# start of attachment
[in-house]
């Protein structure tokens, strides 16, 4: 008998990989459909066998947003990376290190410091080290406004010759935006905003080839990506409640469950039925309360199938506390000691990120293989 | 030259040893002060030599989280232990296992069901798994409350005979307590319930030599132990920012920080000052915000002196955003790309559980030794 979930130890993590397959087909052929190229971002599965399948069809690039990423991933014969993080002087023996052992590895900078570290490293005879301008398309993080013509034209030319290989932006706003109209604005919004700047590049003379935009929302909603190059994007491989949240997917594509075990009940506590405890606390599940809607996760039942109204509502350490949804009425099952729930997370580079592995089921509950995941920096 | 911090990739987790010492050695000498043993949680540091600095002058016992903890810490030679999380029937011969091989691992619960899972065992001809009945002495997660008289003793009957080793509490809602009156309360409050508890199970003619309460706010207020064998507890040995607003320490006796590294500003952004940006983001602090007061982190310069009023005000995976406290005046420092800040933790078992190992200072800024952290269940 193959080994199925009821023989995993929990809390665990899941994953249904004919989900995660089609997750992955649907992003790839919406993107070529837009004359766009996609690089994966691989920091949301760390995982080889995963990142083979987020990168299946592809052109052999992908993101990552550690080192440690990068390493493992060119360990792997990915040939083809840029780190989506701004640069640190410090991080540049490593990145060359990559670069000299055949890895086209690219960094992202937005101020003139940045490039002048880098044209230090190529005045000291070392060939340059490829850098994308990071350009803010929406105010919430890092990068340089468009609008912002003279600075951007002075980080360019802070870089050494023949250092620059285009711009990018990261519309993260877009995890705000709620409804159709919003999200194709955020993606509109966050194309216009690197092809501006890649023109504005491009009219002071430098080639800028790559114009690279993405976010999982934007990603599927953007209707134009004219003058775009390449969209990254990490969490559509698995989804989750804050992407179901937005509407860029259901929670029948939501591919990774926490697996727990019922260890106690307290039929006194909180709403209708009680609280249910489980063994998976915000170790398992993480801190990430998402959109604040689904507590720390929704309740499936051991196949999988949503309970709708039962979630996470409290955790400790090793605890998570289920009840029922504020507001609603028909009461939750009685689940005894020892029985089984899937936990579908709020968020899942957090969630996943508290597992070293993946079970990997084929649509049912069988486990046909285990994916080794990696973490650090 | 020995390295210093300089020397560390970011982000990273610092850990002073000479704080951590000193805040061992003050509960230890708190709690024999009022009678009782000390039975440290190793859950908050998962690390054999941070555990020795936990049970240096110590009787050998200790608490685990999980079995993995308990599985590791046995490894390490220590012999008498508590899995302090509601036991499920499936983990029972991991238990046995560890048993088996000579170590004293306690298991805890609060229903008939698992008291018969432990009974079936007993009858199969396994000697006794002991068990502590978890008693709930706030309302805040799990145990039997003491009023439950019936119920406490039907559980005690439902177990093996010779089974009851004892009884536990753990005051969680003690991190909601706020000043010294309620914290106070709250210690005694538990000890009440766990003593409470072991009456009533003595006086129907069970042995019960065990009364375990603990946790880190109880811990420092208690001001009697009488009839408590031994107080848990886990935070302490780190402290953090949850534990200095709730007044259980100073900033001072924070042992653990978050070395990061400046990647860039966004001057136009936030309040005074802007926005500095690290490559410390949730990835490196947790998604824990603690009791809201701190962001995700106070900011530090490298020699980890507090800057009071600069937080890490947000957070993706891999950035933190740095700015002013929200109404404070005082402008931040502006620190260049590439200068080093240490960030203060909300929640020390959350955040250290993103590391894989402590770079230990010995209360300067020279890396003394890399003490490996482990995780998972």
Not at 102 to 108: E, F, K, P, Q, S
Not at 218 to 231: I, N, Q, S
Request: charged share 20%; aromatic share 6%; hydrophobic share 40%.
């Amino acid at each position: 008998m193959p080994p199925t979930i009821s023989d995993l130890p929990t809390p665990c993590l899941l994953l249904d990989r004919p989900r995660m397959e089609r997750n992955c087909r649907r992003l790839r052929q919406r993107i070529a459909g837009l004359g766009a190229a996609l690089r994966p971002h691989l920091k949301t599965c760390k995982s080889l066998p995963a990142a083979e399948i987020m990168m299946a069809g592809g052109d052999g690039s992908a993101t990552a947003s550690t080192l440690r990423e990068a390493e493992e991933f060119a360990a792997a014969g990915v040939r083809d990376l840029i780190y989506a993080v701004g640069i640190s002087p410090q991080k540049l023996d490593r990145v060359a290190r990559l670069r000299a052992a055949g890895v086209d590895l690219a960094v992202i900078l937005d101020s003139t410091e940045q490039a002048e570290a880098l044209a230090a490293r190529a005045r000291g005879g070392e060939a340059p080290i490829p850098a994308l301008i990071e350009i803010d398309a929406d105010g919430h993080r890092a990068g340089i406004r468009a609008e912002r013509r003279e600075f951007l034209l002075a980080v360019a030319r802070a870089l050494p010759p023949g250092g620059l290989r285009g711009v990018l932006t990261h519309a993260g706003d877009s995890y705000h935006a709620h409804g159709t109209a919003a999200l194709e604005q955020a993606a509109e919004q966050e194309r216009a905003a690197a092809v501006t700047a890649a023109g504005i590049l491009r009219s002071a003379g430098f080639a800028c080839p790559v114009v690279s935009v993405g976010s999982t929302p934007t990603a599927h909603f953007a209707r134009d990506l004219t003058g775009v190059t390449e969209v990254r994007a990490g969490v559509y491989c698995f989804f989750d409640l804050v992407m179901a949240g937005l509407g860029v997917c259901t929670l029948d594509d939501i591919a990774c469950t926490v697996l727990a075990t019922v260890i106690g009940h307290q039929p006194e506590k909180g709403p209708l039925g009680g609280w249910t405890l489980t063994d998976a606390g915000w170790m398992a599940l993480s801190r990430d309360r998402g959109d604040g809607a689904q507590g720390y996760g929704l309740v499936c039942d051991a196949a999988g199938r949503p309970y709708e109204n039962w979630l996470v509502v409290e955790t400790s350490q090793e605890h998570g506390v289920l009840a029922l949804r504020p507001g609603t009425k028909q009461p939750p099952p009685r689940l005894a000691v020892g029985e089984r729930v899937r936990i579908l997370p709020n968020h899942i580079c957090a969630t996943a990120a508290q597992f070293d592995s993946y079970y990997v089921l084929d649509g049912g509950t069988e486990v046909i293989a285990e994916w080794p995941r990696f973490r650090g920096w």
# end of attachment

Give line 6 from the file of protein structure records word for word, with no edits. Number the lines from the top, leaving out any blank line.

């Amino acid at each position: 008998m193959p080994p199925t979930i009821s023989d995993l130890p929990t809390p665990c993590l899941l994953l249904d990989r004919p989900r995660m397959e089609r997750n992955c087909r649907r992003l790839r052929q919406r993107i070529a459909g837009l004359g766009a190229a996609l690089r994966p971002h691989l920091k949301t599965c760390k995982s080889l066998p995963a990142a083979e399948i987020m990168m299946a069809g592809g052109d052999g690039s992908a993101t990552a947003s550690t080192l440690r990423e990068a390493e493992e991933f060119a360990a792997a014969g990915v040939r083809d990376l840029i780190y989506a993080v701004g640069i640190s002087p410090q991080k540049l023996d490593r990145v060359a290190r990559l670069r000299a052992a055949g890895v086209d590895l690219a960094v992202i900078l937005d101020s003139t410091e940045q490039a002048e570290a880098l044209a230090a490293r190529a005045r000291g005879g070392e060939a340059p080290i490829p850098a994308l301008i990071e350009i803010d398309a929406d105010g919430h993080r890092a990068g340089i406004r468009a609008e912002r013509r003279e600075f951007l034209l002075a980080v360019a030319r802070a870089l050494p010759p023949g250092g620059l290989r285009g711009v990018l932006t990261h519309a993260g706003d877009s995890y705000h935006a709620h409804g159709t109209a919003a999200l194709e604005q955020a993606a509109e919004q966050e194309r216009a905003a690197a092809v501006t700047a890649a023109g504005i590049l491009r009219s002071a003379g430098f080639a800028c080839p790559v114009v690279s935009v993405g976010s999982t929302p934007t990603a599927h909603f953007a209707r134009d990506l004219t003058g775009v190059t390449e969209v990254r994007a990490g969490v559509y491989c698995f989804f989750d409640l804050v992407m179901a949240g937005l509407g860029v997917c259901t929670l029948d594509d939501i591919a990774c469950t926490v697996l727990a075990t019922v260890i106690g009940h307290q039929p006194e506590k909180g709403p209708l039925g009680g609280w249910t405890l489980t063994d998976a606390g915000w170790m398992a599940l993480s801190r990430d309360r998402g959109d604040g809607a689904q507590g720390y996760g929704l309740v499936c039942d051991a196949a999988g199938r949503p309970y709708e109204n039962w979630l996470v509502v409290e955790t400790s350490q090793e605890h998570g506390v289920l009840a029922l949804r504020p507001g609603t009425k028909q009461p939750p099952p009685r689940l005894a000691v020892g029985e089984r729930v899937r936990i579908l997370p709020n968020h899942i580079c957090a969630t996943a990120a508290q597992f070293d592995s993946y079970y990997v089921l084929d649509g049912g509950t069988e486990v046909i293989a285990e994916w080794p995941r990696f973490r650090g920096w």